The Toe Touch: Why we did the Sit-and-Reach in gym class

First off I would like to apologize for not posting in a very long time.  I recently started a second job and so a lot of my free time has now been resorted to napping in lieu of my long work days.  I will try harder to post more frequently as the weeks progress.

In Middle/High School we all had to complete the Presidents Council Fitness Test.  The Test from what I remember consisted of Situps in a minute, Pullups, Shuttle Run, Mile run, and the Sit-and-Reach (if I forgot any please enlighten me).  I also would like to know if this fitness test is still performed in gym class (thats right I said GYM class), or if some less-fit variation is being conducted (thanks to all of the fat kids).

Getting off track a little there.  More Importantly I wanted to take special look at the Sit-and-Reach:

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This test takes a look at two specific and functional patterns.  First is “unloaded” spinal flexion, when I say unloaded I mean that no external force is acting on your lower spine during this exercise.  This is contrary to most of the sit-up variations where the external force acting on your spine is the force of your body movements (this argument is for another post).  

The other movement pattern this test is looking at is your ability to “hinge” at the hips.  Think of your hips as a door hinge, the door frame is your legs and your upper body is the door itself.  This is an important functional movement pattern because it is the main movement to activate the posterior chain (the muscles on the back of your legs that all work together).  

How is this position any different from a person who is standing and asked to touch their toes.  Yes their body is oriented differently so gravity and your core musculature is acting in a different matter, but the principle is still the same.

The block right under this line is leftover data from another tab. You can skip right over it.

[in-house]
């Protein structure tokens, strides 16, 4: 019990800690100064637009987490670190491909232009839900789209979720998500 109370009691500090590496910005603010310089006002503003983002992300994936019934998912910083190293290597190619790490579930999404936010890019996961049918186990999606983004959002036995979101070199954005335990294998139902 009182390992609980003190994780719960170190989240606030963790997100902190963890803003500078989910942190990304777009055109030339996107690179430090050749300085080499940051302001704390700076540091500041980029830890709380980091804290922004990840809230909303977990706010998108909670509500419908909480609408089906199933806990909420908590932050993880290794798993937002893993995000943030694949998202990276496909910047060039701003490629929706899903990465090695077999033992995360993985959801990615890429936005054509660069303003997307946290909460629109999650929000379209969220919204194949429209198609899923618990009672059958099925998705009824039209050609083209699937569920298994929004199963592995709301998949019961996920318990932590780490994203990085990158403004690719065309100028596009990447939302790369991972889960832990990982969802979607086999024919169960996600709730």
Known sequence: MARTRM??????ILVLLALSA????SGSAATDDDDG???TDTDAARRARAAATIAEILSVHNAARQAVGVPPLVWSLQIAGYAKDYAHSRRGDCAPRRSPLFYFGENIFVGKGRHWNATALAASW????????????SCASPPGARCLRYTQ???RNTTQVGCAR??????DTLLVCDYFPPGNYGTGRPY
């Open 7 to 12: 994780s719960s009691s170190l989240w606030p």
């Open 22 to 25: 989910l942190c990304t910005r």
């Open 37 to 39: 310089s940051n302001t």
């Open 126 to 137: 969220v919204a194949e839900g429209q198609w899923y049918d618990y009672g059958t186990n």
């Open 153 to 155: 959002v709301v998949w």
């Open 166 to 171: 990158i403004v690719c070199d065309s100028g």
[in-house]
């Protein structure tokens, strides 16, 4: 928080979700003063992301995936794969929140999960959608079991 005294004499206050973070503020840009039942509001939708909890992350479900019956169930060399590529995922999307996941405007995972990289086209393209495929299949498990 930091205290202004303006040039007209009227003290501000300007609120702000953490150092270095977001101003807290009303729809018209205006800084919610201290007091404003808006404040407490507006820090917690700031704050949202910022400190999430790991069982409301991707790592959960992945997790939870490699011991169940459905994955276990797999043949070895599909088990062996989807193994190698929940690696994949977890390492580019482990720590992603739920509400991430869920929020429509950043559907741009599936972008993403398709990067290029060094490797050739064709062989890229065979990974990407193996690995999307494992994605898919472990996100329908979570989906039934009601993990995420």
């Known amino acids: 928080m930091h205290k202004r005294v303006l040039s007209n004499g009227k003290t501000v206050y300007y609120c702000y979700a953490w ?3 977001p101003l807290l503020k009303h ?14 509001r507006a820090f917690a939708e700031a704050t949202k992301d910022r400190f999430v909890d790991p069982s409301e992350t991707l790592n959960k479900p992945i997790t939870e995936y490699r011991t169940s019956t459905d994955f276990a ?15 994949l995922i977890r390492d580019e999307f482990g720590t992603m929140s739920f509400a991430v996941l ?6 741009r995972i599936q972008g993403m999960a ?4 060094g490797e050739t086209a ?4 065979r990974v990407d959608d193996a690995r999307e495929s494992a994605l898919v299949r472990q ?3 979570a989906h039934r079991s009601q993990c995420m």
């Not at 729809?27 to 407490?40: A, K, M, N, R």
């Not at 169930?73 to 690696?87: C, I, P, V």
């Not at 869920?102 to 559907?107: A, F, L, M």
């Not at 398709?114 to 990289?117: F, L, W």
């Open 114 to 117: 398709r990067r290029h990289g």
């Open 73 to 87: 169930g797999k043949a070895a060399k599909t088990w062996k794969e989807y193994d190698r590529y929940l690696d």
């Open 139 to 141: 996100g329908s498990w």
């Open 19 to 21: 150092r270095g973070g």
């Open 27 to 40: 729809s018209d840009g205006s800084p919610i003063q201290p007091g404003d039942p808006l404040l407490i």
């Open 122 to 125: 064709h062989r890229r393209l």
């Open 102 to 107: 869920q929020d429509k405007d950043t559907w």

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See.  Virtually no difference in the test.

Now why is this test so important?  Why is the ability to touch your toes so important?

Stand up right now and try to touch your toes without bending your knees.  Can you do it?  If so great, if not…well you might need some work on your hips that static stretching simply won’t solve.  The inability to touch your toes does not qualify as muscle stiffness, it qualifies as movement dysfunction (the inability to move properly or freely through a full range of motion).

Those individuals who cannot touch their toes should not deadlift, ever.  The inability to properly hinge at the hips will cause you to round the lower spine.  So when that rounded spine is placed under an external load (the deadlift or some variation) this is when many potentially bad things can happen (herniation, pulled muscles just to name a few).  

Here is a short video of Gray Cook talking more in depth about the toe touch, and why not being able to touch your toes is NOT muscle stiffness (tightness).  

Little update:  I will be going to Cressey Performance in Hudson Ma (just outside of Boston) for the Elite Training Workshop on April 21st.  There will be a bunch of speakers whom I look up to for their knowledge and resources and I am really looking forward to it.  I will take what I learn from them and share some of it with you (can’t give away all of my secrets).